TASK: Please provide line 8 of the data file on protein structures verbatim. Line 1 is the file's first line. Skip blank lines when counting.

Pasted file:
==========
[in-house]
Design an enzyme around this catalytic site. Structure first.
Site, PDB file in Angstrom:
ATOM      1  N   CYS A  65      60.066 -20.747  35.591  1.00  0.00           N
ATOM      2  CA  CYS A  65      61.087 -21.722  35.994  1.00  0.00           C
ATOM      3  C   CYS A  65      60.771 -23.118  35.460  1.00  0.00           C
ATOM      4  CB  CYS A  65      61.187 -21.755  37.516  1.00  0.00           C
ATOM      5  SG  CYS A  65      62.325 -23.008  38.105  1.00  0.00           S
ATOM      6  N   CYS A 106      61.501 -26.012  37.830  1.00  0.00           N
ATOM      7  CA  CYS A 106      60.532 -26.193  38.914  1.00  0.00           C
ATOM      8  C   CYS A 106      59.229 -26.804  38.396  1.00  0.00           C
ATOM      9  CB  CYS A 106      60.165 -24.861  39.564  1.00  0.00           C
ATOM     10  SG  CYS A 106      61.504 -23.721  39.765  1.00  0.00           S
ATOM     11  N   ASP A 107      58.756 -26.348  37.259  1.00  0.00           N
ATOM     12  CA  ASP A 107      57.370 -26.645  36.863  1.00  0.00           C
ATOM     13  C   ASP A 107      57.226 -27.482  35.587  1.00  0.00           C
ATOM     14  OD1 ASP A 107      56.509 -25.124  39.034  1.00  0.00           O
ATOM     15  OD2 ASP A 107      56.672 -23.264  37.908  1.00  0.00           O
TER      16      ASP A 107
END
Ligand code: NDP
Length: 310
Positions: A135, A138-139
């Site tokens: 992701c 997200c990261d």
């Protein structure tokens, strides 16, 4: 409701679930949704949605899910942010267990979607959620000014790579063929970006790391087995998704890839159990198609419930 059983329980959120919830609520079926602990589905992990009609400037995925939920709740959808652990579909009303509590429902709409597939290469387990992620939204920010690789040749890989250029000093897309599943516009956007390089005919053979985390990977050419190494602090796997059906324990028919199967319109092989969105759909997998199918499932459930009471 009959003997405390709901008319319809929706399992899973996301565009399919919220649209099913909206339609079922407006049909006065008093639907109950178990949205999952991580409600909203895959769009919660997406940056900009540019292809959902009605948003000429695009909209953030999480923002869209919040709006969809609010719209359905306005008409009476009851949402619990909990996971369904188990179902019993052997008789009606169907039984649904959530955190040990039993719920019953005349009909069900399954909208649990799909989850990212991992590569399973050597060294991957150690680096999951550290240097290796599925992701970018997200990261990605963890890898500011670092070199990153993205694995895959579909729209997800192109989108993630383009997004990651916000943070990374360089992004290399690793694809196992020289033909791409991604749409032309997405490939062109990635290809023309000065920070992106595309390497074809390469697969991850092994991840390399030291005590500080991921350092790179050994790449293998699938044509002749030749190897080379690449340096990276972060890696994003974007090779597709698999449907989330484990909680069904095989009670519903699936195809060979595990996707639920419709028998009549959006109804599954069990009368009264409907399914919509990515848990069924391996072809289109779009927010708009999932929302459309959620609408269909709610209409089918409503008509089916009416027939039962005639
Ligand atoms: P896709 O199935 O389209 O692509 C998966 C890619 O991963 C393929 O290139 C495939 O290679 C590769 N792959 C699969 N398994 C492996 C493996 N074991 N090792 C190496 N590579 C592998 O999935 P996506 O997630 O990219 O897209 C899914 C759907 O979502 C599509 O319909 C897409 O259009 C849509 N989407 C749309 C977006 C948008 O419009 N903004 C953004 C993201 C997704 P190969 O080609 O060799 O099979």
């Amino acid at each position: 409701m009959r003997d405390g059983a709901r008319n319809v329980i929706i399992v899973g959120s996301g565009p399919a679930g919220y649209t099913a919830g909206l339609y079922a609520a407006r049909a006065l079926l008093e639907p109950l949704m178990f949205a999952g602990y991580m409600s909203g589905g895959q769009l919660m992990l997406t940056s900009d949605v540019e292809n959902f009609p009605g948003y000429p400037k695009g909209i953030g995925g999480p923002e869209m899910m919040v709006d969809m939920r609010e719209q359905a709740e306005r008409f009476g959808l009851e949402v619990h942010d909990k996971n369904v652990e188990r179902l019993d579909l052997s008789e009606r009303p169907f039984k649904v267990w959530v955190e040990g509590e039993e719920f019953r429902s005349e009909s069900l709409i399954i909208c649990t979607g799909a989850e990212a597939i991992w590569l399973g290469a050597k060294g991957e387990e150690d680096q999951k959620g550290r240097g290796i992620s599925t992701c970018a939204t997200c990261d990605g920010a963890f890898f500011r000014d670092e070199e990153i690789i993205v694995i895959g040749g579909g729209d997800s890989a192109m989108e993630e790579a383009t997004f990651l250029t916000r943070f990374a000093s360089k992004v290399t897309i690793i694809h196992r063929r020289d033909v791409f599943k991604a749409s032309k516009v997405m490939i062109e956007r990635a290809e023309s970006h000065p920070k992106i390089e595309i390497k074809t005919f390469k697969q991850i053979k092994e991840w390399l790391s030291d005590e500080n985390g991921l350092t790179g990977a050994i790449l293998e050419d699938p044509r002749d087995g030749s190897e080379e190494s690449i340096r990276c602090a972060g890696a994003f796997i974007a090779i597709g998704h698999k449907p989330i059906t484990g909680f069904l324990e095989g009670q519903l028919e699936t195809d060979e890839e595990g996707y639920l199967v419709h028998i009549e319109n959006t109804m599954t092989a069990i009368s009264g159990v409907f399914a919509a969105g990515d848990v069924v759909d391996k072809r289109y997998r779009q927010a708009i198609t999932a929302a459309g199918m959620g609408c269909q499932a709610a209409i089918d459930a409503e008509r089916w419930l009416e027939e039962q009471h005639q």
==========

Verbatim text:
ATOM      5  SG  CYS A  65      62.325 -23.008  38.105  1.00  0.00           S